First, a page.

Panic Attack Vs Anxiety Attack
Panic Attack Vs Anxiety Attack & Its Medication
People might think that panic attacks and anxiety attacks are the same; however, they are totally different conditions. Panic attacks are the ones that come suddenly and involve overwhelming, intense fear, often accompanied by some physical symptoms such as breathing difficulty, shortness of breath, nausea, and racing heartbeats.
The updated edition of the Diagnostic and Statistical Manual of Mental Disorders or DSM-5 states panic attacks as unexpected or expected. Panic attacks occurring unexpectedly often occur without a cause. Expected panic attacks are usually triggered by external stressors, such as a phobia. They can happen to anyone, but having frequent panic attacks may sign a panic disorder.
The DSM-5 does not recognize anxiety attacks. However, it defines anxiety as a feature of many psychiatric disorders. The most frequent symptoms of anxiety include distress, worry, and fear. Generally, the anticipation of a stressful situation causes anxiety, and it may come gradually.
There is a lack of diagnostic recognition of anxiety attacks, which means that anxiety signs and symptoms are still open to interpretation.
Symptoms: Panic attack vs Anxiety attack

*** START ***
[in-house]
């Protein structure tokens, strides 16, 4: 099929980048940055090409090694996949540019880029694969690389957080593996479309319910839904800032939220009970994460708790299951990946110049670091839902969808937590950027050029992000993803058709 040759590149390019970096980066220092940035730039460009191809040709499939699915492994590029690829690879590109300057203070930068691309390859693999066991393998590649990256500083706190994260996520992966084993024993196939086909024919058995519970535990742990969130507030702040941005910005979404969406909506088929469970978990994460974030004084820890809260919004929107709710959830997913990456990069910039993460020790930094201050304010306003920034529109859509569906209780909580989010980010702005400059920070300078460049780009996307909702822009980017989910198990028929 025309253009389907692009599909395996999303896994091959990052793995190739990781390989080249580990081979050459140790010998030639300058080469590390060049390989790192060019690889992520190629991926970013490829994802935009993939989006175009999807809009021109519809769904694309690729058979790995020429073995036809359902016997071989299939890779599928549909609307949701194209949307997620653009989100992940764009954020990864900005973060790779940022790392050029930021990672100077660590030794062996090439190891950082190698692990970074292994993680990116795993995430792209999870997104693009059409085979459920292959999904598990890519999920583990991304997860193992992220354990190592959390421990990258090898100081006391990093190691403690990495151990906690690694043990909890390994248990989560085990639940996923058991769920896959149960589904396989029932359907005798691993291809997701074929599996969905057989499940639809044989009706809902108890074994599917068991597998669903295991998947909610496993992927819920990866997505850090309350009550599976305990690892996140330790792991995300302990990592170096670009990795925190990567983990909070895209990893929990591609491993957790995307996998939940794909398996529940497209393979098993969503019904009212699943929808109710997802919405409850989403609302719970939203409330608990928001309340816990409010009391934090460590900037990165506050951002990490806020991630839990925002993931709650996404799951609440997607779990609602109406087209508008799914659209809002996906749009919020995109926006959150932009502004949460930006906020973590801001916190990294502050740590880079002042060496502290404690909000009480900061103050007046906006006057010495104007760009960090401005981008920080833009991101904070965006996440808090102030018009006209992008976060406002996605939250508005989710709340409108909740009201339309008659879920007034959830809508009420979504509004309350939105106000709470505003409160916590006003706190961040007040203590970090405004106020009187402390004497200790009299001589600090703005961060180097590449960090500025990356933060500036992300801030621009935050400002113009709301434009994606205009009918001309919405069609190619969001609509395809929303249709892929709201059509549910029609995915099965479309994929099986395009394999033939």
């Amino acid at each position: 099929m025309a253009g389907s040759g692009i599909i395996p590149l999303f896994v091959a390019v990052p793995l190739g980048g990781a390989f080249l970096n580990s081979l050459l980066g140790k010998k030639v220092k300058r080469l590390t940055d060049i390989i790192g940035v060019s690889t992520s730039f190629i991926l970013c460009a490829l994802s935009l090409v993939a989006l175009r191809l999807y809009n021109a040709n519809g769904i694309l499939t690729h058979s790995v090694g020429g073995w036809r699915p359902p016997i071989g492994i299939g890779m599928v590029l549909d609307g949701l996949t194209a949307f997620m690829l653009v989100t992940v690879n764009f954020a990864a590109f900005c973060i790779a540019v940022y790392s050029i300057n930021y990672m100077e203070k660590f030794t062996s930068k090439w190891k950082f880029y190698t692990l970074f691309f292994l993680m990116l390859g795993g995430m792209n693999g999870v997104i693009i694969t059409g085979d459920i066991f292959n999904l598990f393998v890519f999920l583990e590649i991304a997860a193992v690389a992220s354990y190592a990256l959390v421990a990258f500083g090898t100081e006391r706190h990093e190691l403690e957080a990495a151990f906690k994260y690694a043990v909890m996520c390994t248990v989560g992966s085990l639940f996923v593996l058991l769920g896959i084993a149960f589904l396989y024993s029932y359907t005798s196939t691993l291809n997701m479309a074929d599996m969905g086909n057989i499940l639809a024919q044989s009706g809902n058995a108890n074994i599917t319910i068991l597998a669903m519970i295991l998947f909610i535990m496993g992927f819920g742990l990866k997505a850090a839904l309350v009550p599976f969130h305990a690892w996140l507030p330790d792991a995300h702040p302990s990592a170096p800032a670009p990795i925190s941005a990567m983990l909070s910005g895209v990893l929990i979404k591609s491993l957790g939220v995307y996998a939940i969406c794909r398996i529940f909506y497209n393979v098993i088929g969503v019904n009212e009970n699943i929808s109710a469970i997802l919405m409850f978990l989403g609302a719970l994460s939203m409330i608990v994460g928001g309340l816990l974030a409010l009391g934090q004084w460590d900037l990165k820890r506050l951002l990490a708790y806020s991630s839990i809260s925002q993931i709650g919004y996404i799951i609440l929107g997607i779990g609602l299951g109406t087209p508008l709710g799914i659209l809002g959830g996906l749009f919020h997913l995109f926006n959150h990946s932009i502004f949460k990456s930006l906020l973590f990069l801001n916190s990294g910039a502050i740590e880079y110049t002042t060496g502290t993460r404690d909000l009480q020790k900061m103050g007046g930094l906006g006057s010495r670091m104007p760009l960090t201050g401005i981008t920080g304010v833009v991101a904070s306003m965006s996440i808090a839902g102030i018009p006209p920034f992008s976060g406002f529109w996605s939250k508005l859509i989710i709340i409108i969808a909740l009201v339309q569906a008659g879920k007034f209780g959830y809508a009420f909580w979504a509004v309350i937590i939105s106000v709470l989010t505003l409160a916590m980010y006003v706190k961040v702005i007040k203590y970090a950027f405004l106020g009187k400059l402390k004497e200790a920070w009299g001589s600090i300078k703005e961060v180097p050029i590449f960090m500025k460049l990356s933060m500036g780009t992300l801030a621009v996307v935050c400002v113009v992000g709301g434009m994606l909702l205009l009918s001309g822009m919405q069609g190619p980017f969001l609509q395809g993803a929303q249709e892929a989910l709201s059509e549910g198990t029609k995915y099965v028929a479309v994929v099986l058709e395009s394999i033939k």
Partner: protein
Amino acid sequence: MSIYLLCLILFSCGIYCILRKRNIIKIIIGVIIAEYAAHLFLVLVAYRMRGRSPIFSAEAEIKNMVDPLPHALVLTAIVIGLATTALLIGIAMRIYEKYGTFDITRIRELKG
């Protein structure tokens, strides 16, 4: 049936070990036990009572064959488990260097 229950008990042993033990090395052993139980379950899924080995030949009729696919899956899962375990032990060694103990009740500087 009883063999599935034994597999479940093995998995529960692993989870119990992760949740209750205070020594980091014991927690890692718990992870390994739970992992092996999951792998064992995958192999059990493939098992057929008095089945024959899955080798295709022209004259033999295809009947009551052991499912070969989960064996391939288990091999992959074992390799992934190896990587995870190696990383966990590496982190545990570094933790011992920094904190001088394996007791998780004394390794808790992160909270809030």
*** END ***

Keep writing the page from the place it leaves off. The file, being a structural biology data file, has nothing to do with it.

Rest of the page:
Panic and anxiety attacks may feel similar to some people as they share many physical and emotional symptoms.
A person can experience both panic and anxiety attacks at the same time. For example, someone might experience anxiety while worrying or fearing a potentially stressful situation or event, and when the situation or event arrives, anxiety may culminate into a panic attack.
Fear is the common emotional symptom of both anxiety attacks and panic attacks. While most of the physical symptoms are similar in both situations, including:
- Chest pain
- Dry mouth
- Chills or hot flashes
- Numbness or tingling
- Trembling or shaking
- Nausea or stomach upset
- Tightness in the throat
- Feeling dizzy or faint
Emotional symptoms include:
- Worry and apprehension
- A sense of detachment from oneself or the world
- Fear of losing control or dying
It is difficult to differentiate between anxiety and a panic attack. People need to keep in mind:
- Panic attacks are not cued by stressors or triggers, while anxiety is usually related to something perceived as threatening or stressful.
- Panic attacks mostly involve disruptive severe symptoms, while anxiety attacks can be mild, moderate, or severe.
- Anxiety can build gradually, while panic attacks typically come on abruptly.
- During a panic attack, the body’s fight-or-flight response comes into play as its physical symptoms are more intense than symptoms of anxiety.
- Panic attacks trigger fear or worries related to having another panic attack, affecting the behavior. This may lead to avoiding situations or places where there may be a risk of having a panic attack.
Causes: Panic Attack Vs Anxiety Attack
As mentioned, unexpected panic attacks usually do not have any clear triggers. Expected panic attacks and anxiety attacks can get triggered by similar situations and things. Some of these triggers include:
- A stressful job
- Social situations
- Chronic pain
- Thyroid problem
- Supplements or medications
- Withdrawal from alcohol or substances
- Memories or reminders of traumatic experiences
- Phobias such as claustrophobia, acrophobia, agoraphobia